The Tabernacle Choir Blog

The Tabernacle Choir: The Music Volunteer Experience

On May 15, 2022, a special meeting was held after the Sunday performance of Music & the Spoken Word in the Salt Lake Tabernacle to honor thirty-two retiring members of The Tabernacle Choir organization—27 Choir members and 5 Orchestra members.

Family members and friends of the honored members were invited guests at the meeting conducted by Choir President Michael O. Leavitt. Together, the retiring Choir and Orchestra members—all volunteers—contributed an astonishing 440 years of volunteer service. When singers are accepted into the Choir it’s with the understanding that they can sing for a total of 20 years or until they turn 60 years of age—whichever comes first. Orchestra members do not have the same age or length of service guidelines. For these thirty-two music volunteers, their retirement day had arrived.

This meeting was different than other prior meetings of its type. Previously, those retiring submitted written remembrances of their service which were then read by Choir music director Mack Wilberg as the retiree came forward to receive a plaque or certificate. This time, the honorees were asked to film a short video of themselves delivering their own parting remarks. The videos were shown on screens and monitors in the Tabernacle.

As the videos were shown, it was interesting to learn what had been meaningful to each member about their performing experiences. Because there is always at least one public performance each week for Music & the Spoken Word, as well as recordings and concerts throughout the year, the members had each contributed at least six hours of rehearsal and performance time every week throughout their many years of service—with concert and recording weeks requiring many more.

Mack Wilberg, music director of the Choir, has often explained that The Tabernacle Choir is like “a speeding train never stopping to let its passengers off.”  Yet, even with this huge time commitment coming to an end, the personal comments from the retirees were not about the time they spent—but about the music, their feelings about each other, the audience's reactions to their performances, and their increased personal testimonies of the Savior Jesus Christ.

Here are some excerpts from their remarks:

“My participation in the Choir has fostered some of the most joyous and spiritual experiences of my life.”

“I’ll miss the moments of being enveloped in the glorious sound of 365 unified singers, with the power of the full Orchestra at a crescendo, and the vibration of the organ. These have been powerful moments and have been important in strengthening my testimony and in my ability to feel my Savior's love for me.”

“The most meaningful thing was to learn how the [music of the] Choir so deeply affected people—tears of joy, melted hearts, gasps of amazement, changed attitudes and perceptions. I learned so much.”

“There are many, many amazing experiences I will remember, but I think it’s the little things that have changed me the most: waiting as Mack Wilberg and Ryan Murphy lift their baton, and 360 people draw a collective breath with one purpose only, to sing praise to God.”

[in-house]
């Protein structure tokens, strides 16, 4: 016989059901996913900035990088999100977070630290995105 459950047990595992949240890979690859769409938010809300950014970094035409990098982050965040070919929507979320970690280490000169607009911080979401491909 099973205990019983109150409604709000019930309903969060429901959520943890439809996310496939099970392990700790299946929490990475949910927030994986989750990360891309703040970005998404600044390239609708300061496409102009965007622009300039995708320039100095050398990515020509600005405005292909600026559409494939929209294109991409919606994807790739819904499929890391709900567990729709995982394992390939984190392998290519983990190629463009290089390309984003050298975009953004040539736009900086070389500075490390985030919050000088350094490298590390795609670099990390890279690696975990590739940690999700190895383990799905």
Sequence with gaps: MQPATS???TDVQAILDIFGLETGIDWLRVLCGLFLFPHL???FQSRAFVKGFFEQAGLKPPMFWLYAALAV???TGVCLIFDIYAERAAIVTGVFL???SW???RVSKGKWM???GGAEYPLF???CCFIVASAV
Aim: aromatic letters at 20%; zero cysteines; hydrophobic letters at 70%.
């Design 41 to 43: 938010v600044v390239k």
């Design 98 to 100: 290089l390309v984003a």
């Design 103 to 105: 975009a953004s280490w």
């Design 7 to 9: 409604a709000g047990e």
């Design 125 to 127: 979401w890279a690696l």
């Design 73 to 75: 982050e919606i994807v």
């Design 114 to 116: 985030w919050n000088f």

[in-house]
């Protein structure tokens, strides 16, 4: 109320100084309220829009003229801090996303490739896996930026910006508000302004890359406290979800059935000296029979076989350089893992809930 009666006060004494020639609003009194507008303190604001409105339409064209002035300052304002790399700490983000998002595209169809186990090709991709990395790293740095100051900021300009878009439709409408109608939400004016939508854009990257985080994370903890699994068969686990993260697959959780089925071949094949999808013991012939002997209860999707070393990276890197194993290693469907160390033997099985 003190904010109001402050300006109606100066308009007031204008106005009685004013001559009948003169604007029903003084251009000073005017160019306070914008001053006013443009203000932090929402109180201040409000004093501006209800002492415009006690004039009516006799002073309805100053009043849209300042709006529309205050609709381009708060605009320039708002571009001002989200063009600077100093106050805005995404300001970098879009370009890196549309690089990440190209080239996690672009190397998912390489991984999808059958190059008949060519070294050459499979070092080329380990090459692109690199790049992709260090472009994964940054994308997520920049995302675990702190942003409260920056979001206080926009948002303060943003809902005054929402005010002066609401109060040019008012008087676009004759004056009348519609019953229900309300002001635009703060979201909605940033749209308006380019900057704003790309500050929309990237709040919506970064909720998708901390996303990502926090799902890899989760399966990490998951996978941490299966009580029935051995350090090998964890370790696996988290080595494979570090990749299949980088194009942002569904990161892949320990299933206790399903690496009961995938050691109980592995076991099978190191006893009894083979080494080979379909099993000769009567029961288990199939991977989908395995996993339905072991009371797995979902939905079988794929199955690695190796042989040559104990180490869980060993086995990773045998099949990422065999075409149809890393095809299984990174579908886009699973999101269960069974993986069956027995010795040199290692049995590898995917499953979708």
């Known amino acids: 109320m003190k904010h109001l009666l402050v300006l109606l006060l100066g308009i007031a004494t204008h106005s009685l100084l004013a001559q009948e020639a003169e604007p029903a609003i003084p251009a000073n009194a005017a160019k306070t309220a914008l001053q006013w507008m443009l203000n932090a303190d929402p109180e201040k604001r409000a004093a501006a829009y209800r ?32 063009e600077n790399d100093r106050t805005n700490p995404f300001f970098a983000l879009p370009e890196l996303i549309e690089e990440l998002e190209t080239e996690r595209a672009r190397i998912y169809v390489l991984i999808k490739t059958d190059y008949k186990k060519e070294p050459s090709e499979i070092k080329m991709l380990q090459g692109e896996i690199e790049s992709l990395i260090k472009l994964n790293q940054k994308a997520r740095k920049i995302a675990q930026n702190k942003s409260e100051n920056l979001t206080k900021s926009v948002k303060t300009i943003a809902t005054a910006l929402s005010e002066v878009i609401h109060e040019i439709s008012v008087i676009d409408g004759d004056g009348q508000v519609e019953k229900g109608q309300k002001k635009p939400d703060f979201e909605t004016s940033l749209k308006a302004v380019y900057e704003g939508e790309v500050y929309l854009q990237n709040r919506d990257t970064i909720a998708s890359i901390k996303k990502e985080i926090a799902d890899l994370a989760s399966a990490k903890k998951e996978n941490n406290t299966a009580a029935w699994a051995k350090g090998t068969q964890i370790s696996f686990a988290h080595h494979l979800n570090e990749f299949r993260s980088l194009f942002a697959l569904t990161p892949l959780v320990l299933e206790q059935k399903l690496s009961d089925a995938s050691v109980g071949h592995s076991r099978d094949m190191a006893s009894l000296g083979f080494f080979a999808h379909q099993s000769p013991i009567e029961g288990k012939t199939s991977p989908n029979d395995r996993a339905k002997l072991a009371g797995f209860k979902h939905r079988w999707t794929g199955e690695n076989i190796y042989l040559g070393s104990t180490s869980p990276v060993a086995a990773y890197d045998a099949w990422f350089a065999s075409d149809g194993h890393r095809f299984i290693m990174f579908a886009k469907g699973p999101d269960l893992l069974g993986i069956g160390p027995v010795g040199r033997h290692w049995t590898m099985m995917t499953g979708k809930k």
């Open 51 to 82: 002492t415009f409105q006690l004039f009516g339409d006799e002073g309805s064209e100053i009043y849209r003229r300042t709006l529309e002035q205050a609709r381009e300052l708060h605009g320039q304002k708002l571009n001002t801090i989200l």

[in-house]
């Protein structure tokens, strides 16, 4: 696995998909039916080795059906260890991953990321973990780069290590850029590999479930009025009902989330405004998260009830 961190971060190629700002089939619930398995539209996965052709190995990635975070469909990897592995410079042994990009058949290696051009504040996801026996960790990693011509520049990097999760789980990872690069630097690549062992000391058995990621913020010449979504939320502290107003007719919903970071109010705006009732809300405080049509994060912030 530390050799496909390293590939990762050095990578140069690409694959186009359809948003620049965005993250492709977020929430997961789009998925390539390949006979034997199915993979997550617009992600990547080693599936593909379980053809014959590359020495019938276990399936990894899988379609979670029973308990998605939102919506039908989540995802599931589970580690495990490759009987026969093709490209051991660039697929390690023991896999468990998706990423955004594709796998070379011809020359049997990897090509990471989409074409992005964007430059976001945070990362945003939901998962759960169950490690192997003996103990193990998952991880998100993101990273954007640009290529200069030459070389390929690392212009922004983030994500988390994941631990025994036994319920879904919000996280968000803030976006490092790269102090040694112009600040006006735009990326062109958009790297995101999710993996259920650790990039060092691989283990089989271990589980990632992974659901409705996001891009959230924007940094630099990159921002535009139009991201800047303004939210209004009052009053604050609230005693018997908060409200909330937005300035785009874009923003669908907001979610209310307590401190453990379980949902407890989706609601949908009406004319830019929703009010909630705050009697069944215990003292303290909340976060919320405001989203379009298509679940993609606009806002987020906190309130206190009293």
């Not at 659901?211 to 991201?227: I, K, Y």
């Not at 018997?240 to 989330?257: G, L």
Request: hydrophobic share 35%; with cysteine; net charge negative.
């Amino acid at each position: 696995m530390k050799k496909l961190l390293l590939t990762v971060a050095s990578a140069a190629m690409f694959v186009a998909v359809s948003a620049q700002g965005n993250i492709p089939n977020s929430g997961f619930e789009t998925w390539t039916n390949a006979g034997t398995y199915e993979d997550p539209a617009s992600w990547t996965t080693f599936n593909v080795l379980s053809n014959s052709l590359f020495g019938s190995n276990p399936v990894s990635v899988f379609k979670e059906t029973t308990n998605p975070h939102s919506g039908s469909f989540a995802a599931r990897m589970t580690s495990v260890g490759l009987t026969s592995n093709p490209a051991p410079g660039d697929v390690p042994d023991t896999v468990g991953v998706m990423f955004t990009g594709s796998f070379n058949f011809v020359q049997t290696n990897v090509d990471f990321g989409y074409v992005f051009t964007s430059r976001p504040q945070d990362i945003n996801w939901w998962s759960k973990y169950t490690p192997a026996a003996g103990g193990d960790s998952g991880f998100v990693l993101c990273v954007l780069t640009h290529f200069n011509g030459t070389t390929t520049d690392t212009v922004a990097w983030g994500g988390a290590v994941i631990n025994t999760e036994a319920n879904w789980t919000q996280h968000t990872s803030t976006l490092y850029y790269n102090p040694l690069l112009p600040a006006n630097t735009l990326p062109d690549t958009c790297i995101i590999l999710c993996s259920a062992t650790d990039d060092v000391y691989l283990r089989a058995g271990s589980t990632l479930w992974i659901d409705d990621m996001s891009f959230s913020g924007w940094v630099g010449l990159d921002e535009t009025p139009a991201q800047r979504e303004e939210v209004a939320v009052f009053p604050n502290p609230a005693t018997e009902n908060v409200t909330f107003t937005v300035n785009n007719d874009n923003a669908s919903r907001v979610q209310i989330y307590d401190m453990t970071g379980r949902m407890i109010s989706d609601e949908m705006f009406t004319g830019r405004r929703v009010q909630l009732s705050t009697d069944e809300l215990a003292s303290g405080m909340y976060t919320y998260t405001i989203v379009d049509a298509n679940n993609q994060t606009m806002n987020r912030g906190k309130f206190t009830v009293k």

“The music will continue to be imprinted on my mind and soul as I listen to and watch the Choir perform some of the most beautiful music ever written.”

“The diversity of experiences has been incredible—from famous concert halls to local chapels. I had no idea I would sing from sea to shining sea, and beyond. At one concert in Berlin after we finished singing ‘The walls come tumbling down’ from ‘The Battle of Jericho,’ I remember hearing the voice of a fellow in the back of the audience giving an emphatic ‘Yeah!’”

“It’s been difficult, thrilling, intimidating, inspiring, amazing, humbling, seemingly impossible at times, a rich delight, a great sacrifice, a singular opportunity, but overall, a great experience! Where else would you sing inspiring music for hundreds or thousands, broadcast to millions of people every week? Where almost every performance ended with a standing ovation by a gracious audience? Under the tutelage of our extraordinarily gifted musical directors, we performed, recorded, and filmed with some of the greatest talents. We sang transporting, magical arrangements, and grand musical works for Church leaders, presidents, and peoples.”

“What this experience has taught me is that God is in the details of our lives and that music is a healing balm. That has increased my testimony and love for the Savior.”

President Michael O. Leavitt, president of The Tabernacle Choir, closed this special meeting with an expression of gratitude and a charge to the retiring members of both ensembles: “Your Choir experience has provided unique skills, insights, and experiences. Use them. Find new ways to serve. Bless the lives of others in a way that perpetually magnifies your time in the Choir.  In that way, your Choir service never ends, but will be an eternal blessing to you and the Kingdom of God.”   

At the conclusion of the meeting, the honorees who were seated on the Tabernacle stage in front of the Choir, turned so that the Choir joined by those assembled could sing the Choir’s signature closing song “God Be with You Till We Meet Again” one more time. Indeed, may God be with these wonderful musicians as they continue to bless the lives of others with their musical talents.